Program Faculty: Dr. Alejandro Acevedo-Gutierrez, Associate Professor, Biology Department (Ph.D. Texas A&M University, 2002). Behavior and ecology of marine mammals and seabirds, and their role in the design and implementation of marine protected areas. Dr. Brian L. Bingham, Professor, Department of Environmental Sciences (Ph.D., Florida State University, 1990). Ecology of marine benthic communities, with emphasis on larval processes. Effects of larval behavior and post-settlement juvenile mortality on population dynamics of subtidal marine invertebrates, gametogenic cycles, invertebrate larval defense mechanisms, and development of epifaunal communities. Dr. Leo R. Bodensteiner, Associate Professor, Department of Environmental Sciences (Ph.D., Southern Illinois University at Carbondale, 1991). Lotic ecology and aquatic habitat restoration, environmental tolerance of aquatic organisms, freshwater fisheries management, and aquaculture. Dr. Paul Dinnel, Research Scientist, Shannon Point Marine Center, adjunct appointment in the Department of Environmental Sciences (Ph.D. University of Washington, 1984). Marine toxicology and marine ecology, especially marine invertebrates. Also, science and implementation of marine protected areas, especially for bottomfish species. Dr. Deborah A. Donovan, Associate Professor, Biology Department (Ph.D. University of British Columbia, 1998). Marine biology and physiological ecology. Energetics of marine invertebrates focusing on locomotion and wave-swept environment. Dr. Ruth Harper, Assistant Professor, Department of Environmental Sciences (Ph.D., Colorado School of Mines, 2002). Environmental toxicology with emphasis on aquatic systems. Effects of contaminants on population gene structure, bioavailability of contaminants, and development of contaminant biomarkers. Dr. Benjamin Miner, Assistant Professor, Biology Department (Ph.D., University of Florida, 2003). Ecology and evolution of marine organisms and how organisms modify their phenotypes in response to environmental changes (i.e. phenotypic plasticity). Dr. Gisle Muller-Parker, Professor, Biology Department (Ph.D., University of California Los Angeles, 1984). My research program addresses how environmental factors (light quantity and quality, temperature, nutrients, prey availability) affect the interactions between algae and their invertebrate hosts such as sea anemones and corals. Currently, the main focus of our student-centered research is to determine how temperature and light affect the growth and photophysiology of zooxanthellae in anemones and corals. The contrasting conditions for symbiosis that exist in tropical and temperate environments are helping us to understand the role of the environment versus the role of the host in controlling production and growth of the symbiotic algae. My tropical research is examining what factors trigger bleaching and how the symbiotic algae are affected by the stress-induced disruption of the symbiosis with their host. Dr. Joann J. Otto, Professor, Biology Department (Ph.D., University of California, Irvine). Cell motility and the cytoskeleton. The role of fascin in bundling actin in filopodia and microvilli in sea urchin coelomocytes and eggs. Cytokinesis in sea urchin embryos. Dr. John Rybczyk, Associate Professor, Department of Environmental Sciences (Ph.D., Louisiana State University 1997). Wetland and estuarine ecology, wetland plant ecology, restoration ecology, and ecosystem modelling. Current research focuses on modelling the effects of global warming and sea level rise on coastal systems, watershed restoration, and the development of low-cost wastewater treatment systems (constructed and natural wetlands) for coastal municipalities and sea-food processors. Dr. David H. Shull, Assistant Professor, Department of Environmental Sciences (Ph.D. University of Massachusetts Boston, 2000). Soft-bottom benthic community structure and function. Effects of benthic organisms on particle and porewater transport in marine sediments. Ecology of marine deposit feeders, Dr. Suzanne L. Strom, Marine Scientist, Shannon Point Marine Center, adjunct appointment in the Department of Environmental Sciences (Ph.D., University of Washington, 1990). Ecology and physiology of marine planktonic protozoa. Planktonic food web structure and function. Algal and animal pigments as biomarkers for organisms and processes in the ocean. Role of planktonic organisms, especially protozoa, in biogeochemical cycles. Dr. Stephen D. Sulkin, Professor and Director, Shannon Point Marine Center, affiliate appointment in the Department of Environmental Sciences and adjunct appointment in the Biology Department (Ph.D., Duke University, 1971). The main thrust of the research of Sulkin and his students has been to describe the nutritional requirements of the planktotrophic larval stages of brachyuran crab species. Recent work has indicated that newly-hatched larvae are opportunistic omnivores that can utilize a wide variety of prey, including detrital-based carbon sources, at least until they encounter higher quality meso-zooplankton prey in sufficient densities for effective feeding. Specifically, crab larvae can obtain nutrition from a variety of both autotrophic and heterotrophic protists, as well as microbially-colonized detrital particles. Current research being carried out by graduate students includes assessment of the range of microbial prey ingested by crab larvae, ingestion rates on protistans, whether larvae consume microbial prey in the presence of meso-zooplankton prey, and temporal patterns of ingestion and digestion of protists. Dr. Kathy Van Alstyne, Marine Scientist, Shannon Point Marine Center, adjunct appointments in the Department of Environmental Sciences and in the Biology Department (Ph.D. University of Washington, 1988). Ecology and physiology of marine macroalgae. Marine plant-herbivore interactions. Chemical defenses of marine seaweeds. Effects of environmental change on chemical defenses and plant-herbivore interactions. Biogeography and evolution of defenses and defense strategies.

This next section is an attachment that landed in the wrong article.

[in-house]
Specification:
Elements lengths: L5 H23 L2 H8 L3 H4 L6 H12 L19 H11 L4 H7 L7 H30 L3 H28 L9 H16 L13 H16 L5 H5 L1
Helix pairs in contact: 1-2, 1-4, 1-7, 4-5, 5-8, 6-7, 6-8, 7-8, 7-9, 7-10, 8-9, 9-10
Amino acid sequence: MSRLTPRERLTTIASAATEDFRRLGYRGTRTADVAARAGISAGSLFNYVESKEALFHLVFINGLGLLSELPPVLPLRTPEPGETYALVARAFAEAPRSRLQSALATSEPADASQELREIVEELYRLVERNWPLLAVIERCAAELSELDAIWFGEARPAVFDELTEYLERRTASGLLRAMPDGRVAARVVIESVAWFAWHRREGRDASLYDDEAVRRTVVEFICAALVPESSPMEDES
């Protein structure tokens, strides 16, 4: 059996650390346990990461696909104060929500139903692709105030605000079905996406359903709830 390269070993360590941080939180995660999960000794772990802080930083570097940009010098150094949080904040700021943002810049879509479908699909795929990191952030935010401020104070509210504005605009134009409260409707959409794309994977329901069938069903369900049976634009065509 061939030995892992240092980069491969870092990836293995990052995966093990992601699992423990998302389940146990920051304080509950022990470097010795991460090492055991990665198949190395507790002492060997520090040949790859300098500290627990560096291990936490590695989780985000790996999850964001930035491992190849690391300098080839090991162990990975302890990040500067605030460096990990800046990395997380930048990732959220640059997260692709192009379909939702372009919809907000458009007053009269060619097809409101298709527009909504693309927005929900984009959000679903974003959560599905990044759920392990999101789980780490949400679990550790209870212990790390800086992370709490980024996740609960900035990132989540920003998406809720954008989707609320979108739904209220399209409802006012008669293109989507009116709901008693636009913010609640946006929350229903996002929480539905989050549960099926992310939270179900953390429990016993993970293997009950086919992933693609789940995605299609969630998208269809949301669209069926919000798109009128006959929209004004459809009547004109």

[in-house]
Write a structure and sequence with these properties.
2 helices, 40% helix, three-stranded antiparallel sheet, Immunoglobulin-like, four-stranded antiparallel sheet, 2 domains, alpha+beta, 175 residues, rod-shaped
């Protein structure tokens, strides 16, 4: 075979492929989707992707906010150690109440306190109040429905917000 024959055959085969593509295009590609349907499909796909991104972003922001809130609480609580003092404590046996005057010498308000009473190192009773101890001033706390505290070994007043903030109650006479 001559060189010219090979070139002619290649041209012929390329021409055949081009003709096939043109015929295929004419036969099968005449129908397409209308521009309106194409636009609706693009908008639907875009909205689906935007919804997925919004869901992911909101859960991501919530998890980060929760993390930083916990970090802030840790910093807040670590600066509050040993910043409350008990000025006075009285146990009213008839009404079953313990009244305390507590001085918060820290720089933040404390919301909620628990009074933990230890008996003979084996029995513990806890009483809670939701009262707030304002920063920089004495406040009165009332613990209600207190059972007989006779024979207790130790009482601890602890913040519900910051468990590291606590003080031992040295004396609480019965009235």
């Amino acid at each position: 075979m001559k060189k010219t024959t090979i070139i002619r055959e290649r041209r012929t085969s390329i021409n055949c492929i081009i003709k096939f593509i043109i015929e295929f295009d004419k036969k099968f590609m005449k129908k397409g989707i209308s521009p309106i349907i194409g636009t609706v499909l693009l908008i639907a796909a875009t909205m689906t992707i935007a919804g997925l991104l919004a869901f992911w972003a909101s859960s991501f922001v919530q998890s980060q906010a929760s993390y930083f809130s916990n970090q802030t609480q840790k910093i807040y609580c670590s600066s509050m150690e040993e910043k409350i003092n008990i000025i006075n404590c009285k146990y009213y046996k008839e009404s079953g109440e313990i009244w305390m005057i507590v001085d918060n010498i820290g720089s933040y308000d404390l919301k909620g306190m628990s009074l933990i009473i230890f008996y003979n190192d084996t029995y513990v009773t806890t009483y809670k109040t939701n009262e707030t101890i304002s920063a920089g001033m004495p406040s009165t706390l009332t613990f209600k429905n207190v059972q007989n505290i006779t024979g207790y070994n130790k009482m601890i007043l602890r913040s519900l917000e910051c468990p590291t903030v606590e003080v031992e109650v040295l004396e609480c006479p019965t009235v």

Program Point of Contact: Brian L. Bingham


Department: Environmental Sciences

Institution address: Western Washington University
                             Bellingham,WA 98225

Phone: (360) 650-7400


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This project is supported, in part, by the NationalScience Foundation.  Opinions expressed are those of the authors and not necessarily the Foundation .